Variations in diagnostic procedures and treatment of LBP as well as non-adherence to guidelines have been observed in general practice [7,8,9,10]. There is evidence that the impact of clinical guidelines for LBP management on clinical practice is minimal [11,12,13]. Reasons for non-adherence to guidelines by clinicians include lack of awareness of new guidelines, insufficient time and resources to offer recommended care [11, 14, 15]. Additionally, patient preferences and expectations for the management of LBP strongly influence physician adherence to guideline-based recommendations . For example, general practitioners (GPs) may fear that patients will consult another general practice if their expectations are not met . Also, a qualitative study found that GPs were concerned that postponing diagnostic and therapeutic interventions in LBP would cause patients to feel that their pain was not being taken seriously and that their condition was being downplayed . However, fulfilling patient treatment preferences is only inconsistently associated with successful treatment outcomes [17,18,19]. Patient beliefs, expectations and preferences must be taken into account in order to prevent non-adherence to treatment plans as well as unnecessary use of healthcare resources such as imaging [20,21,22]. Based on this information, it is possible that the implementation of the G-LBP is influenced by patient expectations and beliefs.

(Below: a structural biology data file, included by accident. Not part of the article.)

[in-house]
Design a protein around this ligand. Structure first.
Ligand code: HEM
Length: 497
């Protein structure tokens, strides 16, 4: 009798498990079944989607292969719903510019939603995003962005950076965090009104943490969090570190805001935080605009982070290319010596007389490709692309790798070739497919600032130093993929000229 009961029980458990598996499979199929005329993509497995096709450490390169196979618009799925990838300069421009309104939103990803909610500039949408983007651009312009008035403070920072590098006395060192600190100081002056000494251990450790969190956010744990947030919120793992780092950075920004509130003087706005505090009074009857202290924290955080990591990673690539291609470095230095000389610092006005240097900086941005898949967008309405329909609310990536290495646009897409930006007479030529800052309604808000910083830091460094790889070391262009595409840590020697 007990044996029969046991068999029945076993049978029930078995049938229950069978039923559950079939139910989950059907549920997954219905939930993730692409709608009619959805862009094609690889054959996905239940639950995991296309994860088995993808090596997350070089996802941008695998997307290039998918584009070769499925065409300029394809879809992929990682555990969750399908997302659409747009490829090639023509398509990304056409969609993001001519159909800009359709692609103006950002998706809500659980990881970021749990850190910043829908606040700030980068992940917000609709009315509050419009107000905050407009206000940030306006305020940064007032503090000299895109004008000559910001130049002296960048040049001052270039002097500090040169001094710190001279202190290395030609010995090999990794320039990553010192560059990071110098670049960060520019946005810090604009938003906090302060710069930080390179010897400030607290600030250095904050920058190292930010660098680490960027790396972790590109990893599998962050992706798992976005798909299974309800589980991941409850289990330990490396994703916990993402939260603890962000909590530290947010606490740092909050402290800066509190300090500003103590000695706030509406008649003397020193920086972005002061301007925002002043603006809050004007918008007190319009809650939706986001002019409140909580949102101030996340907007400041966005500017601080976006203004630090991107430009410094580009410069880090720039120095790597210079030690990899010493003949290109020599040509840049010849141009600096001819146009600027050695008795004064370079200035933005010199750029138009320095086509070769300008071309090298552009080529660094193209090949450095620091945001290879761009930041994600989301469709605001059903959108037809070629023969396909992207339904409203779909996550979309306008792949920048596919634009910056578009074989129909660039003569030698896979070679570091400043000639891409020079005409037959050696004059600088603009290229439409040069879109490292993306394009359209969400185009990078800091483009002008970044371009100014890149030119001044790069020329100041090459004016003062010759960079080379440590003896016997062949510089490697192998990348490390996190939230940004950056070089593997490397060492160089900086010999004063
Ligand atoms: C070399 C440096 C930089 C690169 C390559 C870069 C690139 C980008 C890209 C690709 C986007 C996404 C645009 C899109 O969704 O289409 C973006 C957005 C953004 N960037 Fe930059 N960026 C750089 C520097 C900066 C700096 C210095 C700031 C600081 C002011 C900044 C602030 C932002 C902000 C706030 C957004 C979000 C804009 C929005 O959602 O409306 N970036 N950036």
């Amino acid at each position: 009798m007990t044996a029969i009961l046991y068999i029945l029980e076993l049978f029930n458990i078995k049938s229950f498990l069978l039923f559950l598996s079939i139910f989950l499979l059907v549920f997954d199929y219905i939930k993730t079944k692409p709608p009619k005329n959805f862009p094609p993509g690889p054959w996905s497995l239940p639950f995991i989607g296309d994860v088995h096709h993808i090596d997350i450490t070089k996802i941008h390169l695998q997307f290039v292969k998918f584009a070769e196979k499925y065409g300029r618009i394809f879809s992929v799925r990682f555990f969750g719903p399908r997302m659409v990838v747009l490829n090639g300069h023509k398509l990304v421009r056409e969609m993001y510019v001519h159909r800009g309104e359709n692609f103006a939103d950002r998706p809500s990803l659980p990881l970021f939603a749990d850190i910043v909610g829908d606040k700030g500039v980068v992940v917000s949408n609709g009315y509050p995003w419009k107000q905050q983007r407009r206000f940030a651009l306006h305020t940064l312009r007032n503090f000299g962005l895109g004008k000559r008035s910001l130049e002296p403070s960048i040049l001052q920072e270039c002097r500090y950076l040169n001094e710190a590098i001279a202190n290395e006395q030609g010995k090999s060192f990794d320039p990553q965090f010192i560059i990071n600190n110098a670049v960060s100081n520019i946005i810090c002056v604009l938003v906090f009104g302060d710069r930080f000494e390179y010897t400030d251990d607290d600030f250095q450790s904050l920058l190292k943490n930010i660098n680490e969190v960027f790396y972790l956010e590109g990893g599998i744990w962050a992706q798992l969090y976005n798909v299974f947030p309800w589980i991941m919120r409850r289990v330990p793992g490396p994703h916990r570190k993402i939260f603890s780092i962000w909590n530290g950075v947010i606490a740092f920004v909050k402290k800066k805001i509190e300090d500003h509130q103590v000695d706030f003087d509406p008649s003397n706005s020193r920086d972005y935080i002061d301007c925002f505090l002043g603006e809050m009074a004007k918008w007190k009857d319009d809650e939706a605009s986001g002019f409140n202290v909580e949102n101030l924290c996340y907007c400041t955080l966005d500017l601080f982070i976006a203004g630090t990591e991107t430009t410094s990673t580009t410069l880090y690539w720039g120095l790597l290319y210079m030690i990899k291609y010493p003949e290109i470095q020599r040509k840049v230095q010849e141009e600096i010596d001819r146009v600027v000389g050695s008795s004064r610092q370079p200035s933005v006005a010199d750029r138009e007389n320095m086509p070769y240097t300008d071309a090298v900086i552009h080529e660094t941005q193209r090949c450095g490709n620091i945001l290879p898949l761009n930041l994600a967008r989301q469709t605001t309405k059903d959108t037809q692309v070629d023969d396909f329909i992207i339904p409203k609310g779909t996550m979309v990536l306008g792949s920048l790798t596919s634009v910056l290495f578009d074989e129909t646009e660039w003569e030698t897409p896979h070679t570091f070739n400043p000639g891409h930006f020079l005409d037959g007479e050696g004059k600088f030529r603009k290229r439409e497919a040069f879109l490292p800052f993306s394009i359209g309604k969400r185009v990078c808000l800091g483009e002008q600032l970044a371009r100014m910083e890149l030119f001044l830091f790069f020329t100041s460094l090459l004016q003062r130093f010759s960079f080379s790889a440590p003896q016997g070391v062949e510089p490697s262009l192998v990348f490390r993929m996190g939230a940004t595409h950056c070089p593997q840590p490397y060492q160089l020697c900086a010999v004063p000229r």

The aim of this study was to investigate the extent to which patient expectations regarding imaging, massages, injection therapy, physiotherapy and maintaining daily activity coincide with the recommendations of the German national disease management guideline for LBP (G-LBP). The secondary aim was to investigate the associations between patient characteristics, patient history of LBP, and previous treatment experiences with beliefs and expectations regarding the management of LBP.
Study design and setting
This cross-sectional study was carried out from June to September 2018 in 13 general practices in Mecklenburg-Vorpommern, Germany. For 3 days, the nurses employed in the practices approached all patients entering the practice, regardless of reason for consultation. This was done to assess whether expectations regarding LBP management differ between individuals with and without current LBP. Practice nurses approached patients consecutively and provided written information. After providing informed consent, patients received a questionnaire to fill out prior to their consultation with the GP. The anonymous questionnaires were placed in a secure container to ensure data privacy. The practice nurse kept a list of all patients with an anonymous, consecutive number, year of birth, gender, participation / non-participation and reason of non-participation (where applicable).
Patients who were not able to give written informed consent and/or patients under the age of 18 and/or patients with insufficient German language skills were not eligible for the study (Fig. 1, Reasons for non-approach). Eight patients < 18 years were mistakenly approached by the practice nurses. Those eight patients were excluded from the sample because they did not meet the inclusion criteria.